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who had been free with her body, and finds Talmudic legitimacy for not requiring the man to return to his fiancée. R. Yehudah ben Moshe ha-Cohen of Freiburg vociferously opposed the behavior of the young man and the ruling of R. Yitzhak ben Moshe. He sent letters ‘to every city,’ calling on them to defend this young woman in particular, and all those Jewish girls who had fallen victim to Christian coercion. His call is answered by other leaders, who in turn sent out their own letters: R. Yehudah ben Moshe ha-Cohen, R. Meshullam ben David, R. David ben Shealtiel, R

in Apostasy and Jewish identity in High Middle Ages Northern Europe

the course of the twelfth century and became far more complex, requiring a different sort of arrangement. During the course of the First Crusade (1096), the Jewish communities that were under the protection both of the emperor and of the bishops, who served as his representatives at the head of cities, were subjected to murderous attacks. The Christians violently forced Jews away from their religion and compelled them to become Christians; those who refused were either murdered or killed themselves as martyrs.1 One of the leaders of the Jews called upon the emperor

in Apostasy and Jewish identity in High Middle Ages Northern Europe

relate to perennial questions, frequently discussed, such as matters of personal status (divorce and levirate marriage), interest, and inheritance. However, new questions also arise, concerning both the halakhic subject matter and issues of self-definition. Should one mourn for an apostate who has died or for his son, and how? Should one accept an apostate who wishes to return to Judaism, and if so how? These issues pertain to the identity and self-definition of the Jew who remained a Jew despite all difficulties. The general attitude was that the graver the overall

in Apostasy and Jewish identity in High Middle Ages Northern Europe
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The change in mentality

so on; this same scale of values was likewise emphasized with regard to the religion and its symbols.1 Since Christianity declared its desire to convert the Jew to Christianity by means of economic temptation, theological persuasion, and even by violent coercion, Jewish efforts concentrated upon intensive processes of socialization in order to protect itself against these attempts.2 Thus, among all the Goldin, Apostasy and Jewish identity.indd 112 20/08/2014 12:34:47 Conclusions: The change in mentality 113 forms of (social) deviation, the most serious was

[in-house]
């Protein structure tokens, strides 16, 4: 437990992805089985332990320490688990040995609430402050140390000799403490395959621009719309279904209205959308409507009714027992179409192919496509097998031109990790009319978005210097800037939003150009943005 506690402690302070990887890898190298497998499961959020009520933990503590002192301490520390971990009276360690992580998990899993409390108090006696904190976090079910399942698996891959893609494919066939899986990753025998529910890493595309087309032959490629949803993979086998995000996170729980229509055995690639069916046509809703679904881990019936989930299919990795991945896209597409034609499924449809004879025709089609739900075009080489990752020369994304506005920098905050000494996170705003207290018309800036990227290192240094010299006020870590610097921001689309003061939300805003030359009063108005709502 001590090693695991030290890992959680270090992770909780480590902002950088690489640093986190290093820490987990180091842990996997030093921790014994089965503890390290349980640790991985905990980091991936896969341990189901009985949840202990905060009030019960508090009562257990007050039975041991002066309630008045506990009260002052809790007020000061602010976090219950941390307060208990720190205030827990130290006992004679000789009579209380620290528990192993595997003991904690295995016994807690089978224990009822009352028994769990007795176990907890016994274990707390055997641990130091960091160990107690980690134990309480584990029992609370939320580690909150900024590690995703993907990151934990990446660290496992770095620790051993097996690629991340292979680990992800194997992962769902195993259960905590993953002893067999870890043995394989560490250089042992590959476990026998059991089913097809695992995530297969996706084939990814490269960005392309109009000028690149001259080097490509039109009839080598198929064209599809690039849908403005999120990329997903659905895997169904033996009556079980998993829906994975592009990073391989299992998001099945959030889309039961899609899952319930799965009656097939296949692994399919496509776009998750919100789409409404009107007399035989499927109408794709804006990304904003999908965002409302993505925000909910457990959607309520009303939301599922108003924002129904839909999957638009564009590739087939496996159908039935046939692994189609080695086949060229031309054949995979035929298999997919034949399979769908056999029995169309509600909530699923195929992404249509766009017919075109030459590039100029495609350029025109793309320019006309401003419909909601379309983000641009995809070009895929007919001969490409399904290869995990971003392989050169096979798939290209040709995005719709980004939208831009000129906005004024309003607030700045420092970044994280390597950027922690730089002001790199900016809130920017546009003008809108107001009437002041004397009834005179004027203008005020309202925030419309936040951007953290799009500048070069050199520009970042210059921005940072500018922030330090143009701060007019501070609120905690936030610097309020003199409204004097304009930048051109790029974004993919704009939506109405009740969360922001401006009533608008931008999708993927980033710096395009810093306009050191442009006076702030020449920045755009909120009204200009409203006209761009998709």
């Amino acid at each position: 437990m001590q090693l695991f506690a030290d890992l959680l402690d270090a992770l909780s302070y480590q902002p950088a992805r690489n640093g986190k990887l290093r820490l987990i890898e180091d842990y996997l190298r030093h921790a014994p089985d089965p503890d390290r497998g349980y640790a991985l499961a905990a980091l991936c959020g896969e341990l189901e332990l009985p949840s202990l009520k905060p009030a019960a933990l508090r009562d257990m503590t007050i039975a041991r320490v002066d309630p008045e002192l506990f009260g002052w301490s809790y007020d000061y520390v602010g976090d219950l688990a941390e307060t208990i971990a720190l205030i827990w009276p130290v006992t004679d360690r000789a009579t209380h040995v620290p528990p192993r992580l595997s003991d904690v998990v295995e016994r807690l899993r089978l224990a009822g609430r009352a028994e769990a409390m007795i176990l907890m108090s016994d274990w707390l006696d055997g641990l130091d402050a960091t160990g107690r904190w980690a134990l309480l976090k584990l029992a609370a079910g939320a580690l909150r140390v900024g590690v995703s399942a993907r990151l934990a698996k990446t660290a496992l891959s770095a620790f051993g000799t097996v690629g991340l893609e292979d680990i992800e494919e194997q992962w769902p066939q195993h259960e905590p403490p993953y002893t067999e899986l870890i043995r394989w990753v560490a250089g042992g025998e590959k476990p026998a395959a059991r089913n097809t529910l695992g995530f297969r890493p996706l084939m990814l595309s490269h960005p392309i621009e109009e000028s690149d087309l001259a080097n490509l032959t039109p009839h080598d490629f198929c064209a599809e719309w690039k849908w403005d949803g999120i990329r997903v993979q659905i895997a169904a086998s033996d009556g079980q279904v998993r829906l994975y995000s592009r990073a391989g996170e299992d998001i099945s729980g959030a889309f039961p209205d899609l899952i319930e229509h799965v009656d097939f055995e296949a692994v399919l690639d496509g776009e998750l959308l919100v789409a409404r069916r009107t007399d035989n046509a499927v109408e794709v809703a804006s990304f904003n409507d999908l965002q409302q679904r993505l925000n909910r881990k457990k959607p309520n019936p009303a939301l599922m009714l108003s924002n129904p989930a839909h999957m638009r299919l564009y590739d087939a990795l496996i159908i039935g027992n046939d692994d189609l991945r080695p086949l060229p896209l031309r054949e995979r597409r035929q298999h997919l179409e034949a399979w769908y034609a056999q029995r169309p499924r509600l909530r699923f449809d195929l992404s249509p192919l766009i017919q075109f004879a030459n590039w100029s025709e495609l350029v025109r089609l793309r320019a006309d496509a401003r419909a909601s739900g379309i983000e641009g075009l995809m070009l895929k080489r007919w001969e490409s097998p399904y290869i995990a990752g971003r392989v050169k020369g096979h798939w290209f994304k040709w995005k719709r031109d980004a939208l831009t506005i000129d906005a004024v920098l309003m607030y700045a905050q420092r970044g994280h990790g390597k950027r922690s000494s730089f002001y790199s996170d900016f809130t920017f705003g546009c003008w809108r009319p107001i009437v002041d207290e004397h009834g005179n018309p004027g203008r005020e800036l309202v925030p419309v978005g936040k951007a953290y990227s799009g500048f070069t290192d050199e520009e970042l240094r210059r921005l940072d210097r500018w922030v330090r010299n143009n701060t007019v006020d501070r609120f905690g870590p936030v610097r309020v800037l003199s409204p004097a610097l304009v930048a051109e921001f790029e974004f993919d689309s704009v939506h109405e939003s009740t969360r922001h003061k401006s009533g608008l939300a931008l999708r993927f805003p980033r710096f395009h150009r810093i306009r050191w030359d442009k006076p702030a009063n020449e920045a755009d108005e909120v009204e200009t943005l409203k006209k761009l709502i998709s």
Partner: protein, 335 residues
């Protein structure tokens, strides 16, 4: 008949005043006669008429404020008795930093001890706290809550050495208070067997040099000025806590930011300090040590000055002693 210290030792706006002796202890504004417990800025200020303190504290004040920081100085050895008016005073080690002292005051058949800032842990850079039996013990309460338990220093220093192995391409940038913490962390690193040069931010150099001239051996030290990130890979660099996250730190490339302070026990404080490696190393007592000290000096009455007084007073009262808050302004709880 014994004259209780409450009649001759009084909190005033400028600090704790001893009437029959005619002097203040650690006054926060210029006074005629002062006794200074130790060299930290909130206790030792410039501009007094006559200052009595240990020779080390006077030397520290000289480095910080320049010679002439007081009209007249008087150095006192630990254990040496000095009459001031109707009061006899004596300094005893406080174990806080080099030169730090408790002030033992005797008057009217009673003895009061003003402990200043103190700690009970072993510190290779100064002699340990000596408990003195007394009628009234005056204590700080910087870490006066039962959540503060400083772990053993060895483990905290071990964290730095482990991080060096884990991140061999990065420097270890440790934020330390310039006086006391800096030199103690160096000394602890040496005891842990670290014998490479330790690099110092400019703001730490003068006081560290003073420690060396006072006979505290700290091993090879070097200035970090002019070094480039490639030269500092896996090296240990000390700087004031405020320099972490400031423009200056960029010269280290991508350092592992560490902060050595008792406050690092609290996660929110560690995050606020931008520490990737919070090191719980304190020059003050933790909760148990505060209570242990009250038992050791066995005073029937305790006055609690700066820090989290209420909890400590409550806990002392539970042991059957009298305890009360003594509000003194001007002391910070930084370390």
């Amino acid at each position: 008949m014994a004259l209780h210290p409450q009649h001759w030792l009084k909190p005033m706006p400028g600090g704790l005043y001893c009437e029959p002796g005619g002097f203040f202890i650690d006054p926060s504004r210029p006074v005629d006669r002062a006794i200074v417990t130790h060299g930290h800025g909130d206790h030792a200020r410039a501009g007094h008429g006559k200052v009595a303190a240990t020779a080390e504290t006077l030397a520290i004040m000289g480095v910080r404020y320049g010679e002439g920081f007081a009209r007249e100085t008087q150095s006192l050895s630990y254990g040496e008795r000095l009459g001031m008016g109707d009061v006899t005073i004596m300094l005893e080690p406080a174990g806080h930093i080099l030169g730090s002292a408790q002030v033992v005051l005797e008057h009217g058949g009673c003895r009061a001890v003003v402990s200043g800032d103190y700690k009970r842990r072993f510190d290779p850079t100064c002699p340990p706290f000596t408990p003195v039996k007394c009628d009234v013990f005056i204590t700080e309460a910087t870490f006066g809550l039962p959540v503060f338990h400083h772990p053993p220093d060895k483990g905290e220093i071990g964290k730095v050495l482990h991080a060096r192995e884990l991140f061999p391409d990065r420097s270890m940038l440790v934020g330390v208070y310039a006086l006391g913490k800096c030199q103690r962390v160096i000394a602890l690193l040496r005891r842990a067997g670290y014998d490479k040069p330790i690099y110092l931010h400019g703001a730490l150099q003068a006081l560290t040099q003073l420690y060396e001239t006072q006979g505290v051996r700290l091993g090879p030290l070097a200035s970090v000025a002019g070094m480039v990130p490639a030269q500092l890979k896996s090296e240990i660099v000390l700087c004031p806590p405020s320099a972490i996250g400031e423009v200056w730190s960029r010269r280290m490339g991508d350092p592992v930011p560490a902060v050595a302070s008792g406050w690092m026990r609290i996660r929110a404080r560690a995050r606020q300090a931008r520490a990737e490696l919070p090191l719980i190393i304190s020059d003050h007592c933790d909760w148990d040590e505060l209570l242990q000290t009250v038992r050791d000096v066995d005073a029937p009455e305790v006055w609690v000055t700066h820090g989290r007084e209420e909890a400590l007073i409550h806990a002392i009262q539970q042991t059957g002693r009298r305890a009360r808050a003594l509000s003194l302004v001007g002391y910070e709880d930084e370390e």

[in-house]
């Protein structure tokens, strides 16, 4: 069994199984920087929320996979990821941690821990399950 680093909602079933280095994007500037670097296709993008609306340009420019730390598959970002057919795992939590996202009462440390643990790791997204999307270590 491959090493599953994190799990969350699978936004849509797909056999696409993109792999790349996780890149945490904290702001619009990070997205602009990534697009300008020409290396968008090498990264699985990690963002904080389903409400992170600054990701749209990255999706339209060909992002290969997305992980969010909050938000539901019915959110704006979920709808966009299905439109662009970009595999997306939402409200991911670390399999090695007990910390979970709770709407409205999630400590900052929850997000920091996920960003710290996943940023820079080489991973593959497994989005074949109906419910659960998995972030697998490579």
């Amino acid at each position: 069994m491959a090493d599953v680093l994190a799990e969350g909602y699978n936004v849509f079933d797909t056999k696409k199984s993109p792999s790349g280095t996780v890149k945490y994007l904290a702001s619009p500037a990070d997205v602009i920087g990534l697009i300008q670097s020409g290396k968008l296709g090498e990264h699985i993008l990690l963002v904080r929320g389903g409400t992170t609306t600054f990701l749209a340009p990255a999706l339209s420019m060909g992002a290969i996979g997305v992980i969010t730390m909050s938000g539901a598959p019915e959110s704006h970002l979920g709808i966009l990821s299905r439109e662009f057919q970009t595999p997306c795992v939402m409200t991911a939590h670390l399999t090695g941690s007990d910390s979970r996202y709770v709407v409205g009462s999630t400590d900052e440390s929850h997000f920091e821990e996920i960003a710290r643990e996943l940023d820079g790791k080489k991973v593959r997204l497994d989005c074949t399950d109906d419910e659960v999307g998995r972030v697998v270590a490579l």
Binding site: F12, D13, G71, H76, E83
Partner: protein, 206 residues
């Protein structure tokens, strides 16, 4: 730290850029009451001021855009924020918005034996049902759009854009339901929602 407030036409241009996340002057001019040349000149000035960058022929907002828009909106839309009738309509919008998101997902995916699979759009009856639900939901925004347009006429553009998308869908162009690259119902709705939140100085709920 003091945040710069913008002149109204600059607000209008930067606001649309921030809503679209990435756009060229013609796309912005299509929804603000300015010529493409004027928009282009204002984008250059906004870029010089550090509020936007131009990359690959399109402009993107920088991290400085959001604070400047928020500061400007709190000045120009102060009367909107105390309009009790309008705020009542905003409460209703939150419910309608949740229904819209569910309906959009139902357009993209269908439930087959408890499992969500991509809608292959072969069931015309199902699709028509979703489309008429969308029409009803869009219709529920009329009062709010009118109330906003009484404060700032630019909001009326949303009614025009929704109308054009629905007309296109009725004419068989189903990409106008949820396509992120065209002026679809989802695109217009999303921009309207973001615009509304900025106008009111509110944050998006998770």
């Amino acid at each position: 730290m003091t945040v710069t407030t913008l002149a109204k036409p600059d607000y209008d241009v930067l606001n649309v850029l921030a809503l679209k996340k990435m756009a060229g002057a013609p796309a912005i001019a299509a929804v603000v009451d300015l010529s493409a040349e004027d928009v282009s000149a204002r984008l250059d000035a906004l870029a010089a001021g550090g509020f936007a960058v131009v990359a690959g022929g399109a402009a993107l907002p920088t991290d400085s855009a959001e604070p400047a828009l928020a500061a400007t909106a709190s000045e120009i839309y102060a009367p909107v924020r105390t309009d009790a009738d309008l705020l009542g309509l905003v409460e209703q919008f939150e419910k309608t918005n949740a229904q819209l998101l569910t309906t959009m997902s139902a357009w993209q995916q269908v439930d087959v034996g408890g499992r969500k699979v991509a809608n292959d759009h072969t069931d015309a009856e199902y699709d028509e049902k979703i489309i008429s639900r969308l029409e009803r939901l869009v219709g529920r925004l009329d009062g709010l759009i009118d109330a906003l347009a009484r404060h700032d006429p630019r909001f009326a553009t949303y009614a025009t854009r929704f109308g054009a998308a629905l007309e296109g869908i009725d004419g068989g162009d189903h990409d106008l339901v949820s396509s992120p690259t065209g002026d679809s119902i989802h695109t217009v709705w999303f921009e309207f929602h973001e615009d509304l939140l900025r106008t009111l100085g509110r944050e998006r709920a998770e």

in Apostasy and Jewish identity in High Middle Ages Northern Europe
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,’ and as such unfit for testimony. Thus, even if he repented for having been a Christian, at the time that he saw what happened he was an ‘evildoer’ and, according to Rashi, is unable to give testimony. Hence, if an apostate Jew married a woman, and both she and all the witnesses were forced converts, the marriage is valid, and if they wish to divorce he must give her a Jewish divorce writ. All of these ‘Christianizers’ are considered as Jews because ‘An Israelite who sins—is nevertheless an Israelite’; moreover, these people did so under coercion and ‘their hearts

in Apostasy and Jewish identity in High Middle Ages Northern Europe
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Middle English popular romances has been characterised by a thinly – if at all – veiled repugnance to the romances themselves, not only to their poetic form but their subject matter and the medieval audience who is imagined to enjoy them. As Arthur Johnston has demonstrated, it is in the middle of the eighteenth century, with the publication of the first modern editions, that the study of Middle English romance is born; more recent analysis by John Ganim, Nick Groom and David Matthews has exposed the ideologies latent in much of that early work and I build on their

in Pulp fictions of medieval England